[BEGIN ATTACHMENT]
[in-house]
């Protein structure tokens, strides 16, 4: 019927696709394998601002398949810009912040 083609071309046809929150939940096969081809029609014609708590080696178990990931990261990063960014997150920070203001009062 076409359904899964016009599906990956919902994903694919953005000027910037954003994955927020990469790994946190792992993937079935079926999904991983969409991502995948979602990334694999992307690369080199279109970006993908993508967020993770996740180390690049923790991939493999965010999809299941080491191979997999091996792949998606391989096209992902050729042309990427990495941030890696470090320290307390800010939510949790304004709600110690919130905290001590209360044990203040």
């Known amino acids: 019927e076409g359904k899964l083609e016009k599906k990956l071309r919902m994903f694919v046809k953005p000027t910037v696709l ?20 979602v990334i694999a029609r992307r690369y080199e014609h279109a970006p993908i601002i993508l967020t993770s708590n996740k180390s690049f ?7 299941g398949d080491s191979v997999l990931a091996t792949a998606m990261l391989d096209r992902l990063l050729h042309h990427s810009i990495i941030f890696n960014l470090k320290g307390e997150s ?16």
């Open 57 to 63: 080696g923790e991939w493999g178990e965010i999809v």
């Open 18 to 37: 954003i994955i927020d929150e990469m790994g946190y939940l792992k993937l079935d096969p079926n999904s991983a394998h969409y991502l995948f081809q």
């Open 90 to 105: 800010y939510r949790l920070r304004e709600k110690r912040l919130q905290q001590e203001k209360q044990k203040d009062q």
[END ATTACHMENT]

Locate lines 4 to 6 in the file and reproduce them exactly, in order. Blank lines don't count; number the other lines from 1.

């Open 57 to 63: 080696g923790e991939w493999g178990e965010i999809v």
């Open 18 to 37: 954003i994955i927020d929150e990469m790994g946190y939940l792992k993937l079935d096969p079926n999904s991983a394998h969409y991502l995948f081809q």
């Open 90 to 105: 800010y939510r949790l920070r304004e709600k110690r912040l919130q905290q001590e203001k209360q044990k203040d009062q």